We will be adding photos, beginning with ancient dolls, as an annexe to the museum; visit us on Facebook, Dr. E's Doll Museum, and on Twitter @Dr. E's Doll Museum.
Thursday, June 20, 2013
Wax Dolls, back to the 19th Century and our Chronology
Mary Hillier, Helen Young, Janet P. Johl, and other writers have observed that wax dolls may date to antiquity, though it is doubtful they could survive in the hot Egyptian climate. Our earliest examples tend to be 17th century, but they were popular in the 18th especially as wax works, church figures, and doll house dolls. Beeswax has been used for over a century in Germany to make figures, toys and elaborate candles. Wax headed German angels are classic ornaments, and those dressed in colorful velvet with gilt wings are collectibles in their own right.
My oldest wax baby has tiny black glass beads for eyes. She, and the wax life sized Christ child we own date from around the 18th century. The Museum owns a wax devotional doll that was once part of the Mary Merritt collection. We have a poured wax Bru-type of unknown age, no marks. There are some wax slit heads, and pumpkin heads, and bonnet heads.
Vargas made lifelike elderly couples in wax in Mexico. These are modeled over plaster and usually come in handmade chairs. They appear in different sizes, from about 9 inches to 18 ins. Also from Mexico are folk dolls, more like Crèche figures. One of these was made by an elderly man in the late sixties. Her clothes are wax dipped cloth. There are also wax doll heads and some of metal dipped in wax. Brigitte Deval has made porcelain dolls dipped in wax, too.
There were wax funerary portraits perhaps as early as the 16th century. Waxworks, like those by Mme. Tussaud were popular in the 17th and 18th centuries. Mme. T kept her head in The French Revolution by modeling the severed heads of the victims of Mlle. Guillotine. Alas, at least one was a childhood friend of hers. Wax museums still exist, and so do horror movies about them like House of Wax. Norah Lofts wrote the suspense novel The Little Wax Doll.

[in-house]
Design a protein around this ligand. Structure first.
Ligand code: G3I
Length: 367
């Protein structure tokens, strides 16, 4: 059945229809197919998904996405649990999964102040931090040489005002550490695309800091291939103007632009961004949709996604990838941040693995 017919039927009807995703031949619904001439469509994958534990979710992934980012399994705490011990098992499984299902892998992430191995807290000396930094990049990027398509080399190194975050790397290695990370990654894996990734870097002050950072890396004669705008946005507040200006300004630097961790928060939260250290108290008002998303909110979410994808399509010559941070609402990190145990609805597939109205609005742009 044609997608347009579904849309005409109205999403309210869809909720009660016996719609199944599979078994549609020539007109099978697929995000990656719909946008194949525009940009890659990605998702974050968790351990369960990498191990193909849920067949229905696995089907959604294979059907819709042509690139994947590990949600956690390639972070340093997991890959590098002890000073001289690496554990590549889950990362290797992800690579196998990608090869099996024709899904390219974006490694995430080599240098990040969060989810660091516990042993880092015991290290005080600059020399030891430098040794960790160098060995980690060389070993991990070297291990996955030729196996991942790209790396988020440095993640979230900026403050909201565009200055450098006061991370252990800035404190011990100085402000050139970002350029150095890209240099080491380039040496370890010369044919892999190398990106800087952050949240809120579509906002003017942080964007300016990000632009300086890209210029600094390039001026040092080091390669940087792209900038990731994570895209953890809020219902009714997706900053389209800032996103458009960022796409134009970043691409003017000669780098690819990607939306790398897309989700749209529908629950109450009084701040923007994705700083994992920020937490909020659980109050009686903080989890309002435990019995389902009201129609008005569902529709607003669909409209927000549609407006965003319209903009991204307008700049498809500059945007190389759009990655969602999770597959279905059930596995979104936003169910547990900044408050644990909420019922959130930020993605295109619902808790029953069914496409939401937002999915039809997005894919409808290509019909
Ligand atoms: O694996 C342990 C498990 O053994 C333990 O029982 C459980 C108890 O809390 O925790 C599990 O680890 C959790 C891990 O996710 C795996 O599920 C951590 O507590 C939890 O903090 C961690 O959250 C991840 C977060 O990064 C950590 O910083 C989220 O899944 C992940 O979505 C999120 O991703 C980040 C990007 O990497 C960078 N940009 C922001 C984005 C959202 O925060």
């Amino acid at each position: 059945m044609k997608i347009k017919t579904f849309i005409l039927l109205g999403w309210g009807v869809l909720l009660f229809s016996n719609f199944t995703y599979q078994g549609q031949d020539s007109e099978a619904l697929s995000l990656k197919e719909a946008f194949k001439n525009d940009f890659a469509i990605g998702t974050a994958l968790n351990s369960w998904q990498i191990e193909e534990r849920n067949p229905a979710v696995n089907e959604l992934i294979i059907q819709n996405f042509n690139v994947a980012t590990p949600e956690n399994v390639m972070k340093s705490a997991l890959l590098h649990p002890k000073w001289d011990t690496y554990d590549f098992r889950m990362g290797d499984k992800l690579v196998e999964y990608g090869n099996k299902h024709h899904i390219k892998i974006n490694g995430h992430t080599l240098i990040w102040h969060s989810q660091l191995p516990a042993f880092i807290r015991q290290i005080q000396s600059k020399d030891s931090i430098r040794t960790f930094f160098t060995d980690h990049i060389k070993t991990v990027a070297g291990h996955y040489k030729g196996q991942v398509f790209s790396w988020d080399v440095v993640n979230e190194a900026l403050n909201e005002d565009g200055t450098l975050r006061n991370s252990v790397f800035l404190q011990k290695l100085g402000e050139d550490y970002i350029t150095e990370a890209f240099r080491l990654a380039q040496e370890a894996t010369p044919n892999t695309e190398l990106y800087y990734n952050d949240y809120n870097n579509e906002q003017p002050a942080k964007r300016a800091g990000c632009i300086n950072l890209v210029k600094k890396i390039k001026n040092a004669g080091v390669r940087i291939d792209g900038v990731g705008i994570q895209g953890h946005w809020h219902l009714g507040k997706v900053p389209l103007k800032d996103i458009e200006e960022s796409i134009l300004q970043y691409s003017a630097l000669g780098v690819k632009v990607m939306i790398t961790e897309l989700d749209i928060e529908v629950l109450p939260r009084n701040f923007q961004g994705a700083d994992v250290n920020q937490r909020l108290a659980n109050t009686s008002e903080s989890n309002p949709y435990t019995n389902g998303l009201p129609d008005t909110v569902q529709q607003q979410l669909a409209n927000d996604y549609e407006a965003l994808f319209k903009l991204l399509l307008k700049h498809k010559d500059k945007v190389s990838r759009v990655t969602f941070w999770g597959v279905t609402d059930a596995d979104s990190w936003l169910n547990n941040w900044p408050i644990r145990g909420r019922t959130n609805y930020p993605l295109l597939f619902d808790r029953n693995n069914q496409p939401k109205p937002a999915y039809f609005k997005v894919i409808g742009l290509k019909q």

Voodoo dolls are often wax, and one is features in Yvette Mimieux's Darkness at Noon, a made for TV film.
Wax dolls were luxury 1tems in the 19th century. Nellie Olsen’s doll in Wilder's On the Banks of Plum Creek awes Laura completely. The Bronte girls supposedly played with wax dolls, which makes one wonder how poor they may have actually been.
Key makers were Pierotti and Montanari, families in England who thrived in the 19th century. They had a method for inserting individual hairs in their dolls; head, and used lovely glass eyes. There are many famous portrait dolls in wax of Queen Victoria and her family. The Pierotti and Montanari families may likely have come from Mexico, and may have made life sized figures as well.
Lewis Sorensen, well known NIADA artist, repaired wax dolls and also made the figures for the Ripley's Believe it or Not Museums in the sixties. For more on his work, read his Scrapbook and articles and books by our friend, R. Lane Herron, who knew Mr. Sorensen.
For more on the 19th century and earlier, read Mary Hillier's book on wax doll, on Amazon or in my bibliography.
Twentieth century artists include Bobbi Langkau, who let her sons kick around wax doll prototypes to test doll strength, Gladys McDowell, Sheila Wallace, and Paul Crees.
Helen Young also writes about wax dolls, and she notes that they can be made from candles and crayons, something I used to do often. Also, figurative candles like the old Xmas and Halloween examples of the fifties, and current examples sold even at Wal-Mart and dollar stores make good additions as wax dolls to a doll collection.
Shackman used to make a wax baby, and there are wax Kewpies, too.
These dolls are still prey to extremes of temperatures, but are sturdier than you think. They can be repaired by expert artists. The Holub Doll Hospital series also features a wax doll. I store mine upstairs, out of sunlight. I check them over and avoid letting anyone touch them. Fingerprints and long nails are deadly.
The prototype Bye Lo baby was wax; there are only a few models, and I think one was in the Merritt collection.
Lolly's Doll Museum, formerly in Galena, had some nice examples.
When I was a child first collecting, wax dolls by these and makers like Charles Marsh, Peck, and others, abounded in doll collections. Now, many veteran collectors have not seen or heard of them.